- The Washington Times - Thursday, September 24, 2009

OPINION/ANALYSIS:

It is supreme irony that the Chinese government characterizes any action by the U.S. government to preserve American jobs or to promote our economy as protectionism. But it is farcical that the Washington-based chattering class and its amen chorus are so ready and willing at the drop of a dime (or a renminbi) to endorse the Chinese government’s propaganda, in spite of the hard, cold facts.

The hue and cry about the Obama administration’s entirely justified decision to place moderate and temporary restrictions to counteract a surge of China tire exports is the most recent example of a long-running comedy of errors.

The Chinese government seems to believe, with some justification and with a pretty good track record of success, that anything the U.S. government does, or talks about doing, to support U.S. jobs can be headed off by raising the specter of protectionism. It is not surprising that Chinese government officials play this scare card - they are doing what they believe to be in their economy’s best interest.

What is consistently disappointing, though, is how many times the U.S. government has made its policy decisions in ways that are also in China’s best interests, often to the detriment of the U.S. economy. So, kudos to President Obama and to the Office of the U.S. Trade Representative for acting last Friday, in the face of enormous pressure, on the belief that American jobs matter.

While the U.S. has one of the most open markets in the world, the Chinese government is a protectionist machine. It runs a centralized economy with a goal of maximizing its exports and building giant global corporations closely controlled by Beijing. China’s economic road map, a series of “Five-Year Plans” (it is now implementing the 11th), identifies key industries important to China’s economy. Those industries, including automobiles, steel, information technology, aviation, and telecommunications, are nurtured, promoted and, yes, protected, through an assortment of subsidies, tax benefits, restrictions on foreign ownership, market barriers, and an artificially cheap currency.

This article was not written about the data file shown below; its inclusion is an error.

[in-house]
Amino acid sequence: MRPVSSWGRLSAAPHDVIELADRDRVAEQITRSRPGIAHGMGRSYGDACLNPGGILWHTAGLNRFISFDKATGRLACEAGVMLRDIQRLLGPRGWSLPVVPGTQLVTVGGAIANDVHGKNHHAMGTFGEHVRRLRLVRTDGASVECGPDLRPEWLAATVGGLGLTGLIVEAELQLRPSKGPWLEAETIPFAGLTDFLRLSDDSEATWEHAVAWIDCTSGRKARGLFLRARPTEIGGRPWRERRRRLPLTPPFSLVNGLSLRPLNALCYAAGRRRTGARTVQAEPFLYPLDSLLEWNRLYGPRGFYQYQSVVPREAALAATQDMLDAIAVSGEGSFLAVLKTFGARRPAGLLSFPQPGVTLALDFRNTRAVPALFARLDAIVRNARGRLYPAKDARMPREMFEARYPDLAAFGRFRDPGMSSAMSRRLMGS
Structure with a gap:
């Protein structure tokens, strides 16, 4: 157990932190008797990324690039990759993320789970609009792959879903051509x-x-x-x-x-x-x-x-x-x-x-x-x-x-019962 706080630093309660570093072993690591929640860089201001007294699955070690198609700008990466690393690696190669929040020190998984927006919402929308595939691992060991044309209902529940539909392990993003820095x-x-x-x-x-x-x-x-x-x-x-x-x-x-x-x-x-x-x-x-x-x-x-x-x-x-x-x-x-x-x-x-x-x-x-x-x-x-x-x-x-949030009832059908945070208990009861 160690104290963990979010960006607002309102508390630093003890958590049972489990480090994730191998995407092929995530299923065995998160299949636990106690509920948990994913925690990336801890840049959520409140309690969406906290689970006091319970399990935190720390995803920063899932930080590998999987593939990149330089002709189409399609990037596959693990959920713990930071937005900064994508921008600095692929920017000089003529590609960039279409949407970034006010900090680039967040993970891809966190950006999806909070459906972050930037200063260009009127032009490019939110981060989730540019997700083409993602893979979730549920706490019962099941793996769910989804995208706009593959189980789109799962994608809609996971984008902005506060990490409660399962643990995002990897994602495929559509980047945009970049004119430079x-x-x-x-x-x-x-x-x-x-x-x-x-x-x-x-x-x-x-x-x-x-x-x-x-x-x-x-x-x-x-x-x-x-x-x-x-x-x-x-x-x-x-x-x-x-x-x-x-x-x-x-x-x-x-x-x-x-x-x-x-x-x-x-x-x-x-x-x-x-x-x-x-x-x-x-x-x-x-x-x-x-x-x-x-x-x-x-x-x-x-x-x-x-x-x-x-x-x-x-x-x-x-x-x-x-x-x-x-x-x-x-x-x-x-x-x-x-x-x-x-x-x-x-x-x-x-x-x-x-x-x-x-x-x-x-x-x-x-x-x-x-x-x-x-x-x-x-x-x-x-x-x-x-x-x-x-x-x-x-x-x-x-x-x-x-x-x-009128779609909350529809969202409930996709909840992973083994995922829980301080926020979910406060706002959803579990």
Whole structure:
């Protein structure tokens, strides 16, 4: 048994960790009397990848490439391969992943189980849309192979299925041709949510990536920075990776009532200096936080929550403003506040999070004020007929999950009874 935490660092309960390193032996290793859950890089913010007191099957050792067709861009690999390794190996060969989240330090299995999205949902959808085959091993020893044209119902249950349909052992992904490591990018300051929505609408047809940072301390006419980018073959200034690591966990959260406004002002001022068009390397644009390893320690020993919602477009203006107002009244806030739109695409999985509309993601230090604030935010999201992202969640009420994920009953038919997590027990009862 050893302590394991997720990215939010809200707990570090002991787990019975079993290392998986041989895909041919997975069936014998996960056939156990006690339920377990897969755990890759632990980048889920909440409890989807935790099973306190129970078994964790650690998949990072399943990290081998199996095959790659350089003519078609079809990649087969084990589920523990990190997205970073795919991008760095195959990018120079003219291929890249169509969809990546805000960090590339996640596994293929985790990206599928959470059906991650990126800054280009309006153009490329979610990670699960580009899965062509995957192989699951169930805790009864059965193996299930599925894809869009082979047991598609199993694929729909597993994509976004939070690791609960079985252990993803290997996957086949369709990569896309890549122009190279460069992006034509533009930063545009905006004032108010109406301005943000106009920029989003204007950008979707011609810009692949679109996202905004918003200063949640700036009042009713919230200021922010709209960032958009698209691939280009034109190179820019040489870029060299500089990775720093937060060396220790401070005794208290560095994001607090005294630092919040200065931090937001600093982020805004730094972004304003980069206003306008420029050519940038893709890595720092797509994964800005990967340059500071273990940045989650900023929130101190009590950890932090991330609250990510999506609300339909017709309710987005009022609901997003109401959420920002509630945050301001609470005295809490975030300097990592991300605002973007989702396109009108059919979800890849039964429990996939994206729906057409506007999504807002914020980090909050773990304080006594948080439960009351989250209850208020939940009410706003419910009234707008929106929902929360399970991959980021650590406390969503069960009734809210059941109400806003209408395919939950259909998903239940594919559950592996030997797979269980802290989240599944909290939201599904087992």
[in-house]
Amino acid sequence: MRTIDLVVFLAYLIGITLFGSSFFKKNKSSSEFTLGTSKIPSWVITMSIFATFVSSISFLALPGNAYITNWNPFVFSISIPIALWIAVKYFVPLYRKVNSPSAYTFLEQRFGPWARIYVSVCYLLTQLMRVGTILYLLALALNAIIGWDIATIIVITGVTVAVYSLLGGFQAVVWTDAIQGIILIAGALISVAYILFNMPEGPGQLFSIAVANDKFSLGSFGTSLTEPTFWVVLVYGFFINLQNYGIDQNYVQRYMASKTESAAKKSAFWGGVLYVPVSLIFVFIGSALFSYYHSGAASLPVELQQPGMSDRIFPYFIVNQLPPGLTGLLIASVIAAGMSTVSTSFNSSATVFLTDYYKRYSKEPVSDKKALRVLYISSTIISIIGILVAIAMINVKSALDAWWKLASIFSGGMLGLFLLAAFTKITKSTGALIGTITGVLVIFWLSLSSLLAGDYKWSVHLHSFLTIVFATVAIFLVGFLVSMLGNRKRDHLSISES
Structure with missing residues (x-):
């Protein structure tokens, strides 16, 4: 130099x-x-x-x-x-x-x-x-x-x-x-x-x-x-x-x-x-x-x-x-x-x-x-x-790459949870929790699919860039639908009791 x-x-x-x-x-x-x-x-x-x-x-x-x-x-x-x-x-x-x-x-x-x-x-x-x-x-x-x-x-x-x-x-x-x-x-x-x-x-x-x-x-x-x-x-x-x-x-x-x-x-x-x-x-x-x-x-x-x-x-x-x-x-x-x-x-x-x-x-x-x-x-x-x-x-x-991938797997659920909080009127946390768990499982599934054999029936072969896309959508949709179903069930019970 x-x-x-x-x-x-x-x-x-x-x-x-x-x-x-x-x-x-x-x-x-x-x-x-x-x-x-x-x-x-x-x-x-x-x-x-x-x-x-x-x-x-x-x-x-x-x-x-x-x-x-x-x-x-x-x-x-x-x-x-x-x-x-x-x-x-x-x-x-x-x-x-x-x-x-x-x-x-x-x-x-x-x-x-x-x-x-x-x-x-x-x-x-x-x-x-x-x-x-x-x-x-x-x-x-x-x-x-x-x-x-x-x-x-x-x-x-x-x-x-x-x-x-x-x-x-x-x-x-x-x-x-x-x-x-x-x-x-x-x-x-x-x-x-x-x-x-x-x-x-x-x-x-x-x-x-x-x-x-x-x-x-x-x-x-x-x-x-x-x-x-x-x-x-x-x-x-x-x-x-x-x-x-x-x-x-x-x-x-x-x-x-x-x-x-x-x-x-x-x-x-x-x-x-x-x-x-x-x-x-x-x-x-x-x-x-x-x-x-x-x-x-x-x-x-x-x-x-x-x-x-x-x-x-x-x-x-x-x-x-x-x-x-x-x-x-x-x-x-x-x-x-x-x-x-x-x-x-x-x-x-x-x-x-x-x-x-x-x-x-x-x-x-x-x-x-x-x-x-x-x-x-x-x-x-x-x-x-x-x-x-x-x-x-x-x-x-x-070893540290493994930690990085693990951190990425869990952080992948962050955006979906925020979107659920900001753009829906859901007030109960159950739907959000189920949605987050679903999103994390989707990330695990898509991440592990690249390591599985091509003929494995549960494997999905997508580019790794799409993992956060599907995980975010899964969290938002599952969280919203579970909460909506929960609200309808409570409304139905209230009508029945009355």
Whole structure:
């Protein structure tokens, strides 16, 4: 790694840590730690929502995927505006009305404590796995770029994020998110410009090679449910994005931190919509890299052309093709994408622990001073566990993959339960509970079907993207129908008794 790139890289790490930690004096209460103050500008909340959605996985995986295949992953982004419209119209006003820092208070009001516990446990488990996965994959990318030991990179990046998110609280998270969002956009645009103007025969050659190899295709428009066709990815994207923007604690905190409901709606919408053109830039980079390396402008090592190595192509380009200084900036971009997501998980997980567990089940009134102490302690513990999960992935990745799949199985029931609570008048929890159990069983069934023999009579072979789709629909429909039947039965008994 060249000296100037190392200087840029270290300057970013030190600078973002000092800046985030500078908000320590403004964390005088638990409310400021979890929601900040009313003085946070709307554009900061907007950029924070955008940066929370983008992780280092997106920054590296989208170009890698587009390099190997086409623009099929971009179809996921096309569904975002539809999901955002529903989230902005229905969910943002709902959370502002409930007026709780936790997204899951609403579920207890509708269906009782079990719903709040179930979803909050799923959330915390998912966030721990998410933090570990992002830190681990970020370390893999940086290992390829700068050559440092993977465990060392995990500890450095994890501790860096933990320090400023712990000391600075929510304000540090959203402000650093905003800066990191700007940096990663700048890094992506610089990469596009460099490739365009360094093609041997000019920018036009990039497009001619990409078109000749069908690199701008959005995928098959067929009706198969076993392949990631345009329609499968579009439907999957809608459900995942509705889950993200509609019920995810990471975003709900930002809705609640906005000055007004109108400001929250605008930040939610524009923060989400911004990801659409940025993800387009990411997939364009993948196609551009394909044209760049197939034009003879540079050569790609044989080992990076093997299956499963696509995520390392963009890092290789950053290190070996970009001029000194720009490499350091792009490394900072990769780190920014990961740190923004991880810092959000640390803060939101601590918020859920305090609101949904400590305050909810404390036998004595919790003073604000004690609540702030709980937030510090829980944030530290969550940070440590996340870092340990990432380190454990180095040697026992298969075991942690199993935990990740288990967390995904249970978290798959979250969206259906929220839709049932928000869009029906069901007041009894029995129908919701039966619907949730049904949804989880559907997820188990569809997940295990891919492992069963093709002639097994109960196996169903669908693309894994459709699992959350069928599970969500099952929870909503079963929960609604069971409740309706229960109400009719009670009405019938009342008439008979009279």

When the U.S. Congress acted to place “buy America” provisions in the economic stimulus bill, Beijing was one of the most vociferous complainers. Yet, the Chinese government has far more extensive “buy Chinese” restrictions in its own stimulus package. It has consistently refused to join the World Trade Organization’s Government Procurement Agreement, unlike the United States which has agreed to live by the provisions. Beijing’s intent is purely protectionist.

When the Chinese government recently remarked that it may cut exports of several rare-earth minerals, that too smacked of protectionism. China controls the production of more than 90 percent of these minerals, much of it in China. Over the course of the past decade and a half, it has also acquired or tried to acquire the few sources of these critical materials outside China. Rare-earth minerals are necessary components in electrical engines for hybrid cars, plasma screens, hard drives in laptops, and other consumer products.

They are also critical to some defense technologies. If China cuts exports of rare-earth minerals, it will be protecting and promoting its own related industries, including green technologies, while shutting out companies in other countries. This action would be taken under the guise of conserving the materials for its own consumption. But, controlling the rare-earth material at the source and not selling it on the open market is, in practice, a form of protectionism. It promotes domestic industries and punishes foreign ones.

Over the next weeks and months, we will hear many more alarms raised by Beijing about the specter of protectionism. This tactic has proved an effective tool to advance its own interests. China’s ambassador to the United States, Zhou Wenzhong, recently was reported to have said that China wants the G-20, meeting Thursday in Pittsburgh, to make a strong commitment to avoiding protectionism.

By that, he means measures that would prevent highly subsidized Chinese goods from entering other countries’ markets. It is highly doubtful that he is signaling an intention by the Chinese government to end its own protectionist activities.

And, true to form, the “punditocracy” in Washington will join the chorus of clucking, criticizing some countries’ desires to support their own workers while praising China’s self-proclaimed commitments to open markets. Here’s hoping that the Obama administration will continue its admittedly short record of standing up against Chinese bluster and for American workers, companies, and industries. Contrary to the plaints of Beijing’s amen chorus, Washington must continue to confront China’s protectionism.

Carolyn Bartholomew is chairman of the U.S.-China Economic and Security Review Commission. The views expressed in this column are her own.

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